The Collections

Prayer – Ùrnaigh
The cross is a deeply meaningful symbol and each one in this collection is inspired by the rich legacy of stone carving to be found on Iona. The designs are drawn from the high standing crosses of St. Martin and St. John and the collection of carved stones to be found around the Abbey cloisters and in the museum. Myth and legend surrounding St. Columba also play their part in the cross designs, as do the complex interlacements and symbolism from the Book of Kells. The gift of a cross whether to oneself or another is a personal and often important act and we are happy to advise you in your choice.

Eternity - Sìorraidheachd
The unbroken line, a never-ending interlacement is the most predominant motif of Celtic art and it has fascinated great artists from da Vinci to Durer.
Wonderfully complex in their original forms, our jewellery designs are inspired by the carvings in Iona Abbey and illustrations from the Book of Kells, comprising foliage and abstract animal forms known as zoomorphics. The notion of Eternity, which they are thought to symbolise is equally abstract yet endures in our imaginations

Trinity – Trianaid
The Trinity. Perfectly balanced. The three in one, a symbol of unity and continuity, the Trinity is one of the most enduring of Celtic knots and is found in many of the traditional designs by Ritchie and MacCormick. Influenced by the carvings in the Abbey cloisters and the Book of Kells, these pieces still have as much presence today as when originally created.

Sea – muir OR na mara
To reach Iona takes two sea crossings. The mainland becomes further removed from sight and mind and one arrives feeling a journey has been made. Our sea collection features galleys and imagined creatures inspired by the medieval stone carvings on Iona. The galley designs are often shown sailing west, which symbolises carrying the soul to “Tir-nan-Og”, the land of eternal youth which lies over the western horizon.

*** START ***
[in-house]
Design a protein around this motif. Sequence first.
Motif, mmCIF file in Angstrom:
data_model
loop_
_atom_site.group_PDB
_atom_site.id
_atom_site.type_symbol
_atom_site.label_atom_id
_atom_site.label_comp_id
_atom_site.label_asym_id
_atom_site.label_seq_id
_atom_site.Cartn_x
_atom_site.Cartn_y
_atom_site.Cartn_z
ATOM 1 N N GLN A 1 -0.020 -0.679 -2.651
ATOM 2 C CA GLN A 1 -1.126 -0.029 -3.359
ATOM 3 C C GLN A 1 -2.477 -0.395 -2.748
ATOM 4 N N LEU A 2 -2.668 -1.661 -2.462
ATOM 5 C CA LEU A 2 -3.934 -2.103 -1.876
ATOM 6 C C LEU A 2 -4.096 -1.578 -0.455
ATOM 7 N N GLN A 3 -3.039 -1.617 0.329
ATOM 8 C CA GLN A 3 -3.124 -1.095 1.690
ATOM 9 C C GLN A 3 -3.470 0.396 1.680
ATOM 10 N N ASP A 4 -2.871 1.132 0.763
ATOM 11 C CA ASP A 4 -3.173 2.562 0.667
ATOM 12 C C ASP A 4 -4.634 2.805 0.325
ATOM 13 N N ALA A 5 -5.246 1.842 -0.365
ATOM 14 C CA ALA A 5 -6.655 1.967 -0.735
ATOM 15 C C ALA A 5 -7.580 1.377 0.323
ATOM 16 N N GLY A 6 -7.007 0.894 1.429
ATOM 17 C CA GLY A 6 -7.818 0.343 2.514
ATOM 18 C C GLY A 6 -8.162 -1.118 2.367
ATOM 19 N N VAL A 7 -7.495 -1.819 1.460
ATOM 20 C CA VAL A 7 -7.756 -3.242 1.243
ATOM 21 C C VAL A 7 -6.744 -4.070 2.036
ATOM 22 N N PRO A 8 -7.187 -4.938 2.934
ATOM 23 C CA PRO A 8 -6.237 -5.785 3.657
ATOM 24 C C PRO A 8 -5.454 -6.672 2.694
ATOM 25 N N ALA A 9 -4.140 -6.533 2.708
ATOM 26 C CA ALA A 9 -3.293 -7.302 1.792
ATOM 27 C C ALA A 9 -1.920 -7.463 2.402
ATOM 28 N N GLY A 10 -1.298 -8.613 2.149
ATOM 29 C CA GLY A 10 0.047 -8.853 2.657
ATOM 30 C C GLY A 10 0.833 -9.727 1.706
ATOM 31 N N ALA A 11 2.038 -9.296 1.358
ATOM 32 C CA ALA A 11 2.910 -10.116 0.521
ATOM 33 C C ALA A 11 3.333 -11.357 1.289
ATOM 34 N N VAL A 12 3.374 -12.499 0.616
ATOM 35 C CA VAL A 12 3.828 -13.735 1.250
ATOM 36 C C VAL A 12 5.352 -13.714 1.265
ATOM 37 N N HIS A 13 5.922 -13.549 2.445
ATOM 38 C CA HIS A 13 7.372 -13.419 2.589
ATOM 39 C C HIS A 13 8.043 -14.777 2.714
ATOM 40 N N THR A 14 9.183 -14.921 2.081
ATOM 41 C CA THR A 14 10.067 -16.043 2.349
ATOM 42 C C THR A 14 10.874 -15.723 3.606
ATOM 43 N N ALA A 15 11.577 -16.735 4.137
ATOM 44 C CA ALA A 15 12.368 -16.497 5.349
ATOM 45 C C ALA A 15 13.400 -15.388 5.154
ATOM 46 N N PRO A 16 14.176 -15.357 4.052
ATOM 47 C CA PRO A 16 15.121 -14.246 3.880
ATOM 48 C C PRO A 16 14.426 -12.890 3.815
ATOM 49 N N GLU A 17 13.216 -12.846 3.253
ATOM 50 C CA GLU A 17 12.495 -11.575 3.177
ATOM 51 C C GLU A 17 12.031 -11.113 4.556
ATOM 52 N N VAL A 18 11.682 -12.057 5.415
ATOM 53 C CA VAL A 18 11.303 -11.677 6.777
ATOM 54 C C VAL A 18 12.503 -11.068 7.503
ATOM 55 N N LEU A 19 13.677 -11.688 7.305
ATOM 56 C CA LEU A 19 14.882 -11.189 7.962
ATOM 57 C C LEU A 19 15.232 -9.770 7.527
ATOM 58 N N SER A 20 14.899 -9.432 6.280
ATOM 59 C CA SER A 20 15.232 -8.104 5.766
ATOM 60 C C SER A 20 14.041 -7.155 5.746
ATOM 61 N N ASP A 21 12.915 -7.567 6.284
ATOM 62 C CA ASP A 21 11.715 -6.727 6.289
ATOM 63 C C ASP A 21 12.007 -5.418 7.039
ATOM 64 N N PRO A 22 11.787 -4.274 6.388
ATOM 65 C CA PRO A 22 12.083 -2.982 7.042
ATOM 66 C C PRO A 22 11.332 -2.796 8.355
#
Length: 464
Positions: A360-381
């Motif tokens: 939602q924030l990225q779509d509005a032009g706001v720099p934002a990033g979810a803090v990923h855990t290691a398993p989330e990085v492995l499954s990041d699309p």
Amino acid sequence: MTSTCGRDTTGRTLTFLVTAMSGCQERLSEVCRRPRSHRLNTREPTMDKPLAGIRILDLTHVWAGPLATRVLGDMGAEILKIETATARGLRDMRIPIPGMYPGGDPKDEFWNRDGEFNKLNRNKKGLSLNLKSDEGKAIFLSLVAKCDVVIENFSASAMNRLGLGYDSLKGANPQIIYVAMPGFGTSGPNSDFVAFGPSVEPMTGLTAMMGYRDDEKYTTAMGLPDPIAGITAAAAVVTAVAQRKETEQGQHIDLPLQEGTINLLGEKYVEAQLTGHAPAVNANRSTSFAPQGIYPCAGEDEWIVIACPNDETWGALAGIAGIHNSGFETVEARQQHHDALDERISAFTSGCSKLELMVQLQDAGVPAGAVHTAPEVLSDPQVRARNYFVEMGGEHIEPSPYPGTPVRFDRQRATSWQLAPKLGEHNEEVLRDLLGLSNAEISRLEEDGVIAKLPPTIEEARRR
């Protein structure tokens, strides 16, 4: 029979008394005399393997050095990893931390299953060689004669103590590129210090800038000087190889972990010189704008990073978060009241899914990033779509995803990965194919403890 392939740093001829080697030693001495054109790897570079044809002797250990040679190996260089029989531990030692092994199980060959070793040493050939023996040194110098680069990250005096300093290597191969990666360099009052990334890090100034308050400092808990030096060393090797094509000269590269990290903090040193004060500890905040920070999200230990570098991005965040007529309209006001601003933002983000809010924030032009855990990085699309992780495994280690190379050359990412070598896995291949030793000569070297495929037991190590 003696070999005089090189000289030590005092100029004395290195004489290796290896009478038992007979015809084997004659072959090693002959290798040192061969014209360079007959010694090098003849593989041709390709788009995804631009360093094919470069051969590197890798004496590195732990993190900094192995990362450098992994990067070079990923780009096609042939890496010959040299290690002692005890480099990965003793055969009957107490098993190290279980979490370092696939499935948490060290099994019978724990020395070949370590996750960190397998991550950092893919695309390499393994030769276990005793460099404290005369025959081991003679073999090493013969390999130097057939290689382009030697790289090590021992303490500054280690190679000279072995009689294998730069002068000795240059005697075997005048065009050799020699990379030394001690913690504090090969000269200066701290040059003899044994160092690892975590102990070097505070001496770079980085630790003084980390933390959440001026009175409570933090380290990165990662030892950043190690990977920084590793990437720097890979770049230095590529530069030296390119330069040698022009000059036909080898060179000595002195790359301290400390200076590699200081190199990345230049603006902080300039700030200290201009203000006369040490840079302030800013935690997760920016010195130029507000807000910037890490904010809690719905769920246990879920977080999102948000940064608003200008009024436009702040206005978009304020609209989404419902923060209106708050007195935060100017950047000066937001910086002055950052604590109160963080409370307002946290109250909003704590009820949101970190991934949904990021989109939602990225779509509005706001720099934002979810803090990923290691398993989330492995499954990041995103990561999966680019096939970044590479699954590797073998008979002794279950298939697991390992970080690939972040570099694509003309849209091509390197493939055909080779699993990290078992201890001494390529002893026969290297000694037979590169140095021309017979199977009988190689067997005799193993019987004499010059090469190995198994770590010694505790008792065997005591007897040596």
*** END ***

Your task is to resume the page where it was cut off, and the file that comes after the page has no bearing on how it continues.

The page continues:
Land – Tìr
Iona’s landscape holds many stories and footprints; pilgrims, crofters, islanders and visitors have all left their mark on the land. Memories and patterns of the landscape real and imagined are reflected in designs of plants and foliage, tree of life symbols inhabited by strange and wonderful creatures, symbolizing the abundance of the natural world.

Sky – iarmailt
Iona’s canopy is a boundless sky of ever changing light and colour, as one weather front moves on to make space for another. Birds navigate this territory with such seeming ease that in Columban times they were seen as messengers between heaven and earth. Columba was known as Colum Cille meaning ‘Dove of the Church’. In his native Ireland the crane was considered a holy bird, connected to life and death and Columba is attributed to nursing a crane back to life during his time on Iona. Saints such as Columba would have been considered able to speak the language of birds, so bringing them closer to the voices of the heavens.

Stone – clach
Hold a stone of Iona in your hand and you hold the history of the world. The whole fabric of the island is created from some of the oldest stone we know. Too old even for fossils, Iona has become famous for its serpentine, collected as a talisman for centuries. Known as Columba’s tears or mermaid’s tears the greenstones are a prized reward for whiling away a day or two along the island’s shores. Equally beautiful is Iona’s white marble and the quartz intruded sedimentary stone found on the south west side of the island. Each piece of our stone jewellery begins with a search for these treasures, a lovely task, which we are happy to carry out for you.